I am certainly no expert, but I can turn a piece of white fabric to pale pink and it feels like I am making magic. So I'll tell you how to do it too! Thank you to my natural dye teacher and former Have Company artist in residence, Rachel de Cuba for teaching me this very simple, all things from nature, no mordant, way to dye natural fibers. You can listen to our podcast episode with Rachel here.
Here is the simple recipe I used to turn my natural cotton Wiksten Dress into a pale pink dress using only avocado pits & water :
+ Collect pits! I had about 12 in this batch of dye - great excuse to make guacamole for all your friends, or just throw em in a paper bag and save em as you go!
+ Put your pits in a big soup pot filled with water and bring it to an almost boil, I like to pretend I am making avocado tea, it will slowly start to turn pink. I let it sit on the burner for maybe 30 min or so at this almost boiling temperature and let it simmer, watching the pinkness grow
+ In the meantime take your natural fabric (cotton, linen, etc) and soak it in luke warm water
+ Once the pink has magically appeared in my water I scoop out all my avocado pits and the lil flakes. It's ok if there are some still in there. I believe you can also throw skins in too! I've never done that but I bet you'd get another variety of shades of pinks and browns.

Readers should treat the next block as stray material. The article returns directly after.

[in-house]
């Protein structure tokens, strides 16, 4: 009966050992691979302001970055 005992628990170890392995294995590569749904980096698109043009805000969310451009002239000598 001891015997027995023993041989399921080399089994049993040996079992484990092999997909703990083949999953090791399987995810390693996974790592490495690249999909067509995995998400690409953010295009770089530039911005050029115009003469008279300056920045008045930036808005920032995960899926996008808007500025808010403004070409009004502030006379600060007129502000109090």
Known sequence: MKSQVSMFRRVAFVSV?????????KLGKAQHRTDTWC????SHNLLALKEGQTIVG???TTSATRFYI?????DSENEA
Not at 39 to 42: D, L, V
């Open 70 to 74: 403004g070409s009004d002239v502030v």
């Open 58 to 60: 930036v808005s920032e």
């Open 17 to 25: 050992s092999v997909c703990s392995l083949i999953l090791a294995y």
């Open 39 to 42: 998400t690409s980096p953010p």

+ Now slowly dip your fabric in! It would be best to put fabric in and THEN turn it into a dress. Alas I made a dress and then decided I didn't like the color on me, it works either way. But to avoid unwanted shrinkage or change in form it's best to do it pre-sewing. Alas, dip it in slowly and try to avoid BUBBLES, that way it will dye your fabric/garment evenly.
+ Now let it sit! I like to sort of stir mine a little, making sure it's evenly submerged. But really you want to just let it sit and get nice and pink! It will be a little lighter than what you see since we aren't using a mordant : a mordant is basically something you put it in that helps the dye really stick and not come out during washing. I have dyed with walnuts and avocados and never used a mordant and had it stay through multiple washes, this isn't the same for every thing you might dye with. Again, I am no expert. I just know how to make an avocado turn a thing pink ;)
+ After about a half hour or longer I usually call it good. I slowly take out my fabric, or in this case my dress, and rinse it in cold water, I then throw it right in the wash! Dry it, and VOILA! A light pink dress
This is a fun project to do to start a journey learning about natural dyes and how to change your fibers. The book Wild Color is an excellent resource, and some of my favorite natural dyers are Salt and Still, Adventure Textiles, A Verb for Keeping Warm, and Sugar House Workshop (just to name a few)
Have fun! And remember there is no messing up.
We are currently hosting a sew along with the Wiksten Dress, you can find it here